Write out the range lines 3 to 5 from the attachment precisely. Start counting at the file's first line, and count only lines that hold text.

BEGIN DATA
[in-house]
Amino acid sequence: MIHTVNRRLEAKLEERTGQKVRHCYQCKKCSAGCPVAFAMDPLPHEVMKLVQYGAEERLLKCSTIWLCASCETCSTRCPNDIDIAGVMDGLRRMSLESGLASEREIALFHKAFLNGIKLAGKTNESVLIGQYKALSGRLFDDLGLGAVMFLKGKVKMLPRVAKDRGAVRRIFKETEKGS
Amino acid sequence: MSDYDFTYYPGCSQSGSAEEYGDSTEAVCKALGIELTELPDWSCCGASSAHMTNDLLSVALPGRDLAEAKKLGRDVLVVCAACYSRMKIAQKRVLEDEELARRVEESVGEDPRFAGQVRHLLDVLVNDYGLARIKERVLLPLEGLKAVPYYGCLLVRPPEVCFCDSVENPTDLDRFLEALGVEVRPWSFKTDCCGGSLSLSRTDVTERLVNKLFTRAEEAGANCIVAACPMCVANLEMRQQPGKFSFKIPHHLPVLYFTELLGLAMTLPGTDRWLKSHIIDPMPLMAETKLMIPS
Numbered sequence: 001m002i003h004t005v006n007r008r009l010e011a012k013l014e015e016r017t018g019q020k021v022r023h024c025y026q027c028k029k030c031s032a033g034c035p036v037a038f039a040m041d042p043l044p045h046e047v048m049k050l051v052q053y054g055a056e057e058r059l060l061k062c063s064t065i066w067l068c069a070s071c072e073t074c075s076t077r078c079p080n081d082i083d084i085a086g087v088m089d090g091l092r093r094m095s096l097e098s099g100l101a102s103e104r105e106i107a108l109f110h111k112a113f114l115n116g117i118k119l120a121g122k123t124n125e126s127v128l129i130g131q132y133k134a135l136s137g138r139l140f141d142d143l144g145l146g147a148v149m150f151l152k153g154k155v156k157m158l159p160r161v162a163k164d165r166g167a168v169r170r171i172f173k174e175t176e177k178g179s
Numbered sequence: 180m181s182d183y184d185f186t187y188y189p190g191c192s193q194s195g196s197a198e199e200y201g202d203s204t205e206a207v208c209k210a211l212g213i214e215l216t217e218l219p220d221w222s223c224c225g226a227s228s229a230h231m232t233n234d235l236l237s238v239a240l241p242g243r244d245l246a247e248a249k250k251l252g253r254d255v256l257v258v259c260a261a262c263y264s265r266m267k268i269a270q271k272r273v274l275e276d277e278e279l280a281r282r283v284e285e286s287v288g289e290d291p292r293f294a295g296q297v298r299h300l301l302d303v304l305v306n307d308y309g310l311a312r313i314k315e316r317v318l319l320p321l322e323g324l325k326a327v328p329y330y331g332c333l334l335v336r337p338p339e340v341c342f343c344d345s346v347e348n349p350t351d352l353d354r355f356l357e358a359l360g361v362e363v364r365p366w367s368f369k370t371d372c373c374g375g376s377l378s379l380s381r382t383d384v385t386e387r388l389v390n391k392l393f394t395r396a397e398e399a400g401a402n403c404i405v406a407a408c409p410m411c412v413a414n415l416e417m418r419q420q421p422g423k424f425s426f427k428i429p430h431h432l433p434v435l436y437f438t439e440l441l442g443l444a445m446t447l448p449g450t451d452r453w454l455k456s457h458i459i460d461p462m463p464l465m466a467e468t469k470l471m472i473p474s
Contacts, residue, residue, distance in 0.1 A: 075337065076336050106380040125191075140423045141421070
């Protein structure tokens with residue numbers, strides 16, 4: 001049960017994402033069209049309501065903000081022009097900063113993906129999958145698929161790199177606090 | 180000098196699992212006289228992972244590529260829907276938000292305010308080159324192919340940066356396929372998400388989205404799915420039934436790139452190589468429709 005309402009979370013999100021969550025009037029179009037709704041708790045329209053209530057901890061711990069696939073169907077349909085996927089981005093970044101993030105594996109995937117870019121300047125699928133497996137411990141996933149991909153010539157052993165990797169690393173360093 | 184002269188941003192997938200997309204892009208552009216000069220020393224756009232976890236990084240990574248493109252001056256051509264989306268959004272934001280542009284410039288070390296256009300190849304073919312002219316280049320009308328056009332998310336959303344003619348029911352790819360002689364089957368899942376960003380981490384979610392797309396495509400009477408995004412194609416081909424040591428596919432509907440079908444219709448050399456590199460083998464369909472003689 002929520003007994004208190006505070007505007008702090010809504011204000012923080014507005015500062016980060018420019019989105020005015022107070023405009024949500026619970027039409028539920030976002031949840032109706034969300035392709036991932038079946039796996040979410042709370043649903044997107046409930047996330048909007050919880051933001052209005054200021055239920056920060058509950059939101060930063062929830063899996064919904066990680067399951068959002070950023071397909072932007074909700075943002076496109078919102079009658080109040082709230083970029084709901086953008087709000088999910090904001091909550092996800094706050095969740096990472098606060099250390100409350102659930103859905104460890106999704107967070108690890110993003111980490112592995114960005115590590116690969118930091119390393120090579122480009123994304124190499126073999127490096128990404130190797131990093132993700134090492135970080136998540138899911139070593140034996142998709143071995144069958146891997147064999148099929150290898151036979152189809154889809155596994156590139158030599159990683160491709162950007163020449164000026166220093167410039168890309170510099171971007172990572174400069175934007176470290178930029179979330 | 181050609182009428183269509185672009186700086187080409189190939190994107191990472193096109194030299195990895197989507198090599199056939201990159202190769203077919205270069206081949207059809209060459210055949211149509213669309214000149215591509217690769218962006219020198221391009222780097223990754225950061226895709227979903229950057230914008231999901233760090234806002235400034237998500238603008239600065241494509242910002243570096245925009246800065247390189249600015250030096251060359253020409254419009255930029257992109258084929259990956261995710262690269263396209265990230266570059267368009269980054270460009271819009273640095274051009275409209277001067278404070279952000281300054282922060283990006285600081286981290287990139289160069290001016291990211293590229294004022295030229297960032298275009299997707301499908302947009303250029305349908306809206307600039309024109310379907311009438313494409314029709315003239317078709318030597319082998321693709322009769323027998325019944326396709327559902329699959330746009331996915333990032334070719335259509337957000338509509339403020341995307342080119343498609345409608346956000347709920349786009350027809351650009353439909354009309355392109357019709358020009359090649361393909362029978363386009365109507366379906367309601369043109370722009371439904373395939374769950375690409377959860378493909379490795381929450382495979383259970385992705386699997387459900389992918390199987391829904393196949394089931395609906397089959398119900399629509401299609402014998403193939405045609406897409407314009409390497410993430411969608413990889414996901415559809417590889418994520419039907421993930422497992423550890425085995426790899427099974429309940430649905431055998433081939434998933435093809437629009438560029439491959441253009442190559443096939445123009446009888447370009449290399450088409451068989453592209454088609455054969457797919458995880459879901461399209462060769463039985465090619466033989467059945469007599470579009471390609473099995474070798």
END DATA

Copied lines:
Amino acid sequence: MSDYDFTYYPGCSQSGSAEEYGDSTEAVCKALGIELTELPDWSCCGASSAHMTNDLLSVALPGRDLAEAKKLGRDVLVVCAACYSRMKIAQKRVLEDEELARRVEESVGEDPRFAGQVRHLLDVLVNDYGLARIKERVLLPLEGLKAVPYYGCLLVRPPEVCFCDSVENPTDLDRFLEALGVEVRPWSFKTDCCGGSLSLSRTDVTERLVNKLFTRAEEAGANCIVAACPMCVANLEMRQQPGKFSFKIPHHLPVLYFTELLGLAMTLPGTDRWLKSHIIDPMPLMAETKLMIPS
Numbered sequence: 001m002i003h004t005v006n007r008r009l010e011a012k013l014e015e016r017t018g019q020k021v022r023h024c025y026q027c028k029k030c031s032a033g034c035p036v037a038f039a040m041d042p043l044p045h046e047v048m049k050l051v052q053y054g055a056e057e058r059l060l061k062c063s064t065i066w067l068c069a070s071c072e073t074c075s076t077r078c079p080n081d082i083d084i085a086g087v088m089d090g091l092r093r094m095s096l097e098s099g100l101a102s103e104r105e106i107a108l109f110h111k112a113f114l115n116g117i118k119l120a121g122k123t124n125e126s127v128l129i130g131q132y133k134a135l136s137g138r139l140f141d142d143l144g145l146g147a148v149m150f151l152k153g154k155v156k157m158l159p160r161v162a163k164d165r166g167a168v169r170r171i172f173k174e175t176e177k178g179s
Numbered sequence: 180m181s182d183y184d185f186t187y188y189p190g191c192s193q194s195g196s197a198e199e200y201g202d203s204t205e206a207v208c209k210a211l212g213i214e215l216t217e218l219p220d221w222s223c224c225g226a227s228s229a230h231m232t233n234d235l236l237s238v239a240l241p242g243r244d245l246a247e248a249k250k251l252g253r254d255v256l257v258v259c260a261a262c263y264s265r266m267k268i269a270q271k272r273v274l275e276d277e278e279l280a281r282r283v284e285e286s287v288g289e290d291p292r293f294a295g296q297v298r299h300l301l302d303v304l305v306n307d308y309g310l311a312r313i314k315e316r317v318l319l320p321l322e323g324l325k326a327v328p329y330y331g332c333l334l335v336r337p338p339e340v341c342f343c344d345s346v347e348n349p350t351d352l353d354r355f356l357e358a359l360g361v362e363v364r365p366w367s368f369k370t371d372c373c374g375g376s377l378s379l380s381r382t383d384v385t386e387r388l389v390n391k392l393f394t395r396a397e398e399a400g401a402n403c404i405v406a407a408c409p410m411c412v413a414n415l416e417m418r419q420q421p422g423k424f425s426f427k428i429p430h431h432l433p434v435l436y437f438t439e440l441l442g443l444a445m446t447l448p449g450t451d452r453w454l455k456s457h458i459i460d461p462m463p464l465m466a467e468t469k470l471m472i473p474s